The University of Calgary’s Study on Psychedelic and AUD

The TDR Three Takeaways on AUD:

  1. Researchers at the University of Calgary are testing the effectiveness of psychedelic-assisted psychotherapy for treating AUD.
  2. The study aims to explore whether psychedelics, combined with therapy, can create lasting behavior changes in AUD sufferers.
  3. If successful, this could mark a significant shift in how alcohol use disorder is treated, utilizing psychedelics for long-term recovery.

The University of Calgary has started a study to evaluate the effectiveness of psychedelics, specifically psilocybin, in treating AUD (Alcohol Use Disorder). This innovative research, conducted at the Hotchkiss Brain Institute, seeks to enroll 128 participants who will undergo a combination of specialized therapy sessions and psychedelic treatments. The primary goal is to ascertain if this combined approach enhances the treatment’s efficacy compared to traditional methods.

Psychedelic-assisted psychotherapy is not without its controversies, primarily due to varied interpretations of its definition, particularly regarding the psychotherapeutic component. According to Dr. Leah Mayo, the trial’s principal investigator, the study will first leverage psychotherapy, already a beneficial standalone treatment for some AUD cases. The introduction of psilocybin aims to augment this effectiveness by potentially enabling the brain to break free from entrenched negative behaviors.

This treatment model does not envision long-term medication but rather a brief, intense period that might facilitate lasting behavioral changes. Participants will receive psilocybin in controlled doses, paired with psychotherapy sessions over five weeks, designed to evoke significant habit alterations and curtail alcohol misuse.

According to CTV News, experts involved in the trial, such as Dr. David Hodgins, emphasize the potential of this study to revolutionize AUD treatment. The therapy model, dubbed “motivational enhancement therapy,” focuses on fostering long-term positive habits through self-awareness and personalized change strategies. This non-confrontational approach marks a departure from traditional, often more aggressive treatment models, aiming instead to empower individuals to identify their reasons for change and develop effective strategies for achieving it.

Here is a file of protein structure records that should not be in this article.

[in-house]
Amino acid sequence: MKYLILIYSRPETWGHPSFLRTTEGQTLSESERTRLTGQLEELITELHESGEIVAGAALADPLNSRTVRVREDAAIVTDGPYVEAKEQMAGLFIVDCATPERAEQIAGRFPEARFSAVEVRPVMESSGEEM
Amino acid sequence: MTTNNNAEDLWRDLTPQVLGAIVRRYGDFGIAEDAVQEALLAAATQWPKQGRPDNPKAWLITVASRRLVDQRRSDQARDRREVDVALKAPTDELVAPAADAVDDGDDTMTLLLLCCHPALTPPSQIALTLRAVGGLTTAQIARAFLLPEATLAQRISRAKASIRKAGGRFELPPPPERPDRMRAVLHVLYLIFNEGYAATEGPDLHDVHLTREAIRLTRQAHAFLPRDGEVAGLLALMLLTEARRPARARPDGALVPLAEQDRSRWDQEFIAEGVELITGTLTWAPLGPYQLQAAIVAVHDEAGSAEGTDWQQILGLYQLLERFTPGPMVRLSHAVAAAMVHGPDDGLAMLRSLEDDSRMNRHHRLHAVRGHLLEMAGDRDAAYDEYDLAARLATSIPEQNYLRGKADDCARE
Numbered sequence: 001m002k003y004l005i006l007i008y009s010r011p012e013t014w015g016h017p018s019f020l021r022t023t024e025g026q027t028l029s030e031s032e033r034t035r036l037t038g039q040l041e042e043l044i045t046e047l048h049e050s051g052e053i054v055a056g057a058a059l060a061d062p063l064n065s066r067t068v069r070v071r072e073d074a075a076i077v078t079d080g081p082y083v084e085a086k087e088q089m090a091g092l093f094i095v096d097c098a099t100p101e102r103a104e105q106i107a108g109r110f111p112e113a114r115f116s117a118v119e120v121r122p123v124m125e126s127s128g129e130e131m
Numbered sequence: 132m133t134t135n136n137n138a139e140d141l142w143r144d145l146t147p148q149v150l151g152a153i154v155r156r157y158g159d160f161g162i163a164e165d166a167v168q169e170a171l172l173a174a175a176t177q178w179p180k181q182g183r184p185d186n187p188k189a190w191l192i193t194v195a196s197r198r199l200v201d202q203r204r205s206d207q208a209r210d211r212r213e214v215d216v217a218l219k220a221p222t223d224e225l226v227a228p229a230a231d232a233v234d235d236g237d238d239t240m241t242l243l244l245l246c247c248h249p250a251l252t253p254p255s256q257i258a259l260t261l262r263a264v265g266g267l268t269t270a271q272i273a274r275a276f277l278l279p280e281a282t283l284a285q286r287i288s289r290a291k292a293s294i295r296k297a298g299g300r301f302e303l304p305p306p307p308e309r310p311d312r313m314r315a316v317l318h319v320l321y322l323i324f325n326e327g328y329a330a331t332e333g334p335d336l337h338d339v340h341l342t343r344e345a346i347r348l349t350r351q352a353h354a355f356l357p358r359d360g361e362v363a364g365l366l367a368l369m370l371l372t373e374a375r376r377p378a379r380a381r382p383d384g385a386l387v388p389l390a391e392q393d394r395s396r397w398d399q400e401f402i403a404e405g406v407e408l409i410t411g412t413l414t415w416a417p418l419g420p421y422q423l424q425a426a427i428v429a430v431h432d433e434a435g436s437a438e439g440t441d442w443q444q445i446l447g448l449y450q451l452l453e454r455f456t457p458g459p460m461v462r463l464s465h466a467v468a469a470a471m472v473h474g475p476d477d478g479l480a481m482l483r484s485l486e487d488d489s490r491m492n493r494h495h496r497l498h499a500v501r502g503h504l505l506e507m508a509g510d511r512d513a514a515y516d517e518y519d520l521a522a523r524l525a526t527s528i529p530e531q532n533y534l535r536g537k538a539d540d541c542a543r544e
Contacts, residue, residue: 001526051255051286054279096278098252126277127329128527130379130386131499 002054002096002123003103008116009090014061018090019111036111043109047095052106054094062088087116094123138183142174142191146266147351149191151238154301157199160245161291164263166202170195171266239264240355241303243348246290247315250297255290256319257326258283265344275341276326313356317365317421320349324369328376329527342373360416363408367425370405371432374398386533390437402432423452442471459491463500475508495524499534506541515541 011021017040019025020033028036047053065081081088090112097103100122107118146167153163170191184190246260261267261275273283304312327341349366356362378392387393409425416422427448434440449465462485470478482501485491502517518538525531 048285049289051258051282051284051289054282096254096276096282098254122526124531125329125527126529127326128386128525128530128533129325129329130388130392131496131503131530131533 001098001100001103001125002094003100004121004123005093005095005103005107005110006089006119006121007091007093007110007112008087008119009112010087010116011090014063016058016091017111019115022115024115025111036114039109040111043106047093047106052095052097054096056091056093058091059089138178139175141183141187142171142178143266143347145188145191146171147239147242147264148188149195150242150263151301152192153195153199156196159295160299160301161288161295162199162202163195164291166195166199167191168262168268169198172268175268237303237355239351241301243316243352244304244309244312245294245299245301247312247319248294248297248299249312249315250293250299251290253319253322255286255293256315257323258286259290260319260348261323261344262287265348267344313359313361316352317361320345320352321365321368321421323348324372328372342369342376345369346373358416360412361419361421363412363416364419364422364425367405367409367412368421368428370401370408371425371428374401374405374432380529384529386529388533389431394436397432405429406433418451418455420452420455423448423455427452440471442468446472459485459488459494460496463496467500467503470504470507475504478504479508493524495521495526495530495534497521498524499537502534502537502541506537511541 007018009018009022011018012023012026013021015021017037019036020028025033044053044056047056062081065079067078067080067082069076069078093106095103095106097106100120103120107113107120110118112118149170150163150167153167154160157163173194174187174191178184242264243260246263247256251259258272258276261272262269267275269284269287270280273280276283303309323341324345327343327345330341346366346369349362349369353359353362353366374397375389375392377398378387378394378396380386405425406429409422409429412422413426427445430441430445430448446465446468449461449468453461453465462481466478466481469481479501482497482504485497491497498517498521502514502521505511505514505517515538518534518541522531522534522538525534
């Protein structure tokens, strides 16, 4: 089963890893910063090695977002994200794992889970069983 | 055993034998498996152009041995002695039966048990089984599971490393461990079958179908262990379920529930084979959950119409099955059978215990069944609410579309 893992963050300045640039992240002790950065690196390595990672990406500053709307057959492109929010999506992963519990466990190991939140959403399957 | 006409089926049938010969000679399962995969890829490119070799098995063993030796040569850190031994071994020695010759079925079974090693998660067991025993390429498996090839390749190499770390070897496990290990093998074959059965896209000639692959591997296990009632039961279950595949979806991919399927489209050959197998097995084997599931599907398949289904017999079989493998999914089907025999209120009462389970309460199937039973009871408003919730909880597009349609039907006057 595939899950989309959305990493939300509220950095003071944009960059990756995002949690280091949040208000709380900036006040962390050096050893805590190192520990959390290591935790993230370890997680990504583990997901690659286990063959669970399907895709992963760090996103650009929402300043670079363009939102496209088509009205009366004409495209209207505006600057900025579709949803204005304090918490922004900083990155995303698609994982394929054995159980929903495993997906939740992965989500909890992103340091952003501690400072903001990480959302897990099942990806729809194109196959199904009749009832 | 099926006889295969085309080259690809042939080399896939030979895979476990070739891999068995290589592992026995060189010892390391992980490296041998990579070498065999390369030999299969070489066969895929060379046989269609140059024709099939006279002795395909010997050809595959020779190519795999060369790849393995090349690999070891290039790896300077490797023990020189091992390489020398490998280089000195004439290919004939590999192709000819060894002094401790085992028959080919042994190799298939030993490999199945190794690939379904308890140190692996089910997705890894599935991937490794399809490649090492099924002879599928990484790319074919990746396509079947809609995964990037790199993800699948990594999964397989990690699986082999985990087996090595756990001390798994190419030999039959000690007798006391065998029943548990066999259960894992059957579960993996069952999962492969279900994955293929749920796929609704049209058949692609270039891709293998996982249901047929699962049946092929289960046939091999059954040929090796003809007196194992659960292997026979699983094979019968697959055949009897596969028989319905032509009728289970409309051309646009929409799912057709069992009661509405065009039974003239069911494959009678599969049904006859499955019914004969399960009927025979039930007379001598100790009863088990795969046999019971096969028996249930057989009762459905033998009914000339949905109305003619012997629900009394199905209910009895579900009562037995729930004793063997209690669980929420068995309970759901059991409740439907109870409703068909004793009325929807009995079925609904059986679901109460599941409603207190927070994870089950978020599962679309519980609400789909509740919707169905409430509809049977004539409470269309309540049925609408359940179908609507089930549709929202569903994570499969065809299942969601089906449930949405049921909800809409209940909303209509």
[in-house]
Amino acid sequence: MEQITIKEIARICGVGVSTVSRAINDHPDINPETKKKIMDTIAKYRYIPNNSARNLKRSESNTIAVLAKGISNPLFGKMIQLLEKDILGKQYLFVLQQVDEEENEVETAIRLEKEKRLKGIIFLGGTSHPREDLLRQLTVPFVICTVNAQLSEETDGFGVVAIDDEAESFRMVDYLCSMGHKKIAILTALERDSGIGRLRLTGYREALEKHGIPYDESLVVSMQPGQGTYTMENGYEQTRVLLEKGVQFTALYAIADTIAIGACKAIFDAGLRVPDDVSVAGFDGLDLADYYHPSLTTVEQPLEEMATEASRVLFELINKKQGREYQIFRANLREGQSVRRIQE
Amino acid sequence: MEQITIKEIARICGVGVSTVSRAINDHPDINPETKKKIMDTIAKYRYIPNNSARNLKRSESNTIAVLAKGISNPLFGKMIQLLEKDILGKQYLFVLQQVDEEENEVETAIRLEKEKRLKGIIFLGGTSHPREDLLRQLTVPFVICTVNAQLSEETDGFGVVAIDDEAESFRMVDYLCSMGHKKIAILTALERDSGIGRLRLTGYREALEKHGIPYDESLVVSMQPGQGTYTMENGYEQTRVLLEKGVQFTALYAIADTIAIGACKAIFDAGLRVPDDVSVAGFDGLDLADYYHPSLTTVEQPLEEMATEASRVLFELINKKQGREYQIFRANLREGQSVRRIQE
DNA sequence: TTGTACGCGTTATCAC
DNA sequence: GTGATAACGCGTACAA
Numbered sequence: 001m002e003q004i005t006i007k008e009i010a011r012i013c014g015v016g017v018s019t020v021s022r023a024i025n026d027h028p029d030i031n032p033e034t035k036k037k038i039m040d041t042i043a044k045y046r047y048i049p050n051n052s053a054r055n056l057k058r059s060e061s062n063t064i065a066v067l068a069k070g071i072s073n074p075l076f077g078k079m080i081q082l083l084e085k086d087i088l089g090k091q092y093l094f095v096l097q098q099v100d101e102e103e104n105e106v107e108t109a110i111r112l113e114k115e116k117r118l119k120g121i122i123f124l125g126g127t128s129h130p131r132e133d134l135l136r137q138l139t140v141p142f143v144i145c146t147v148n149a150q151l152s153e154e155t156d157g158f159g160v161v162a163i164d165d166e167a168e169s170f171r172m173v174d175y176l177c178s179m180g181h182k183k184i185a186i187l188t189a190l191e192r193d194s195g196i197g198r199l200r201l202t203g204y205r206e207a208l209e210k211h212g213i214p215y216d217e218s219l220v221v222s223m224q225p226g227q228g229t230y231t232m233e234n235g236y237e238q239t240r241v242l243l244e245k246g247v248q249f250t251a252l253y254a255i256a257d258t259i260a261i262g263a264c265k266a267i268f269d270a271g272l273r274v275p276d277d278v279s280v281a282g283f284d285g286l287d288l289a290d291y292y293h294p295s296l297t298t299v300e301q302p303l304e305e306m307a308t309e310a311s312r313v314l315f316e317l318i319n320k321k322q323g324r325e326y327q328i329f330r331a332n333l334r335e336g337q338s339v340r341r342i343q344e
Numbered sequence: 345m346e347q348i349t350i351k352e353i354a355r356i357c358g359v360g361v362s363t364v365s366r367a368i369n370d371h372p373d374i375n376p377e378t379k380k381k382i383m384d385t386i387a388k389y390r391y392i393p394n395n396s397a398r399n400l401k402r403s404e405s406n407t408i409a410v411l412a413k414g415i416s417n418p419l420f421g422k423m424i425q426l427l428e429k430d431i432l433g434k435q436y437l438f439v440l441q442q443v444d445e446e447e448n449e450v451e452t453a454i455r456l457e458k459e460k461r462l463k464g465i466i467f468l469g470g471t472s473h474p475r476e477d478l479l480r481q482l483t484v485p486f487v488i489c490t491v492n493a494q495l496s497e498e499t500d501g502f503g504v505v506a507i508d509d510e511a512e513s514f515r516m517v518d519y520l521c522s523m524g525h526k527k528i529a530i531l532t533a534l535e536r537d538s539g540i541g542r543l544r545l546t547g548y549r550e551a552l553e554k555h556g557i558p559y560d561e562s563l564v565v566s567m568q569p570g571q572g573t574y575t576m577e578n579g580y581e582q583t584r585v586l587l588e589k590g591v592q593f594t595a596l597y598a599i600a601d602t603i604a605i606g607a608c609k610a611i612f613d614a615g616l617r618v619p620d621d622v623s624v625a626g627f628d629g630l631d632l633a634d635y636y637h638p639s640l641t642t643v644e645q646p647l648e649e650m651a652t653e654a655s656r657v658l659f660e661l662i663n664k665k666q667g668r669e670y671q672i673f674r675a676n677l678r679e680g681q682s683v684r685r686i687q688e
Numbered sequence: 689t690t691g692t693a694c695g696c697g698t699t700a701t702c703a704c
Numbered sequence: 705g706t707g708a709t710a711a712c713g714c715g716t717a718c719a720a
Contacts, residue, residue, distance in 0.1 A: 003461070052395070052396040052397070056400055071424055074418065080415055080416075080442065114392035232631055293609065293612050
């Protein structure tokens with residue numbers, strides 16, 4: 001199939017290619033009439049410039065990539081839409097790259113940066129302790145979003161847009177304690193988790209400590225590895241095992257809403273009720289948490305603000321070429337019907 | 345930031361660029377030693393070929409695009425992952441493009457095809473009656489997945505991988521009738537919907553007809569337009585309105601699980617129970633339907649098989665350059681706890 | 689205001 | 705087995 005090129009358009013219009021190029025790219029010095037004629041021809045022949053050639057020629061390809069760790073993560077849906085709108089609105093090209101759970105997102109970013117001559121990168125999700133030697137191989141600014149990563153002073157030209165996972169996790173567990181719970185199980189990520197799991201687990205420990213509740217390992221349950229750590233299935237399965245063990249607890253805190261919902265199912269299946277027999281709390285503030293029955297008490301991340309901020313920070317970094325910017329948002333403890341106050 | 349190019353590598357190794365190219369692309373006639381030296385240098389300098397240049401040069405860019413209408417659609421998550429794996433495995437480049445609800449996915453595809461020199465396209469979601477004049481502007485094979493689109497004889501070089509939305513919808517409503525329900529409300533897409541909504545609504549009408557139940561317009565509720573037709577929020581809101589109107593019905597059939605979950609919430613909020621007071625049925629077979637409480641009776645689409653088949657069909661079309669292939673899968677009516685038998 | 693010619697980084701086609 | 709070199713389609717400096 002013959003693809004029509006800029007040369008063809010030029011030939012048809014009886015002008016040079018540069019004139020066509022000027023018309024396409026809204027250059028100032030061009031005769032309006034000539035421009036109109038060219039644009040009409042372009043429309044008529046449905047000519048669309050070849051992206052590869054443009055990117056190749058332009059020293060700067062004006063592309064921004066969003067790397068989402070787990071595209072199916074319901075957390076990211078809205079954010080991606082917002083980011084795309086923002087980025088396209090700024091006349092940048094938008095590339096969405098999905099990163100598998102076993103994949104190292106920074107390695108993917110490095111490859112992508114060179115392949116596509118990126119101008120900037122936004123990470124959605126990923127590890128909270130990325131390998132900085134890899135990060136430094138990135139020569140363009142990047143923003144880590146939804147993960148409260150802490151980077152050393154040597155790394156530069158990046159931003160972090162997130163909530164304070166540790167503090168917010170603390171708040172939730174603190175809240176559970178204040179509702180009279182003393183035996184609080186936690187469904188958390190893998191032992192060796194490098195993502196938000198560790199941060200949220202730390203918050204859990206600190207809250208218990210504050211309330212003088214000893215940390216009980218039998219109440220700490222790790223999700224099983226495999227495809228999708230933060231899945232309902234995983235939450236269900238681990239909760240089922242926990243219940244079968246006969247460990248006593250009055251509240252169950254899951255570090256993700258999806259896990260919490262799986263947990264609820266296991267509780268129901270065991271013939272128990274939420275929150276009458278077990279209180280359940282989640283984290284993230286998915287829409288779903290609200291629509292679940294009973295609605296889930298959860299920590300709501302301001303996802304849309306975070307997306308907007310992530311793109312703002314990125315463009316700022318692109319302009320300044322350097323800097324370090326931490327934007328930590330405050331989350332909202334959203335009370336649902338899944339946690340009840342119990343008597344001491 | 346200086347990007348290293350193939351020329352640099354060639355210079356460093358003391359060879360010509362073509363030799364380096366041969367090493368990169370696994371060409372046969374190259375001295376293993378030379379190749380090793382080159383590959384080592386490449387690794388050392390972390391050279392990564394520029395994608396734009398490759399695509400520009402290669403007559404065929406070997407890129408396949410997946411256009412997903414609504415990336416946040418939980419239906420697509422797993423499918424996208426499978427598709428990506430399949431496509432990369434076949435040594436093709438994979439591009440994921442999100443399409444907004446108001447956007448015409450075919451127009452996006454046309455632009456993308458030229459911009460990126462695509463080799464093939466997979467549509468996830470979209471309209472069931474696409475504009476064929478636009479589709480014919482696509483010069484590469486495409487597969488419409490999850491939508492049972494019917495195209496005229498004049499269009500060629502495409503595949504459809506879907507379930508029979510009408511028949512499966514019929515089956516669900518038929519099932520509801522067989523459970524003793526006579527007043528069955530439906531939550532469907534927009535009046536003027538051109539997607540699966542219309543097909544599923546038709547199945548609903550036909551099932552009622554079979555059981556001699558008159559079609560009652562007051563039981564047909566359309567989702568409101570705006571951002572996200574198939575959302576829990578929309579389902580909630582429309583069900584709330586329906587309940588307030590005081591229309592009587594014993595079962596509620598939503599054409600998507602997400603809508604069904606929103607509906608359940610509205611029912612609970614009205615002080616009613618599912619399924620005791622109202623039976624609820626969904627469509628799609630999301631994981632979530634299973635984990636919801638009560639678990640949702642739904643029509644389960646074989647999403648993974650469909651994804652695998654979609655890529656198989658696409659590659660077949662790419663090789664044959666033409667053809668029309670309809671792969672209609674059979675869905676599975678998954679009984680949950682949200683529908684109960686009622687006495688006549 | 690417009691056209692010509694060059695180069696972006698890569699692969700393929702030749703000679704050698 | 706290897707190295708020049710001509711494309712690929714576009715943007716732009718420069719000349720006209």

Personal testimonies underscore the importance of supportive communities and self-realization in overcoming AUD. According to CTV News, individuals like John Greenwood and Jason Quilley share their journeys through addiction and recovery, highlighting the varied paths to achieving sobriety. While not all endorse the use of psychedelics in recovery, the consensus leans towards the value of therapy and the strength found in communal support.

Supported by the Canadian Institutes in Health Research and Filament Health, which is supplying the psilocybin, this research could pave the way for more effective, compassionate treatment options for alcohol use disorder. Want to keep up to date with all of TDR’s research and news, subscribe to our daily Baked In newsletter.  

Researchers at the University of Calgary are testing the effectiveness of psychedelic-assisted psychotherapy for treating alcohol use disorder.

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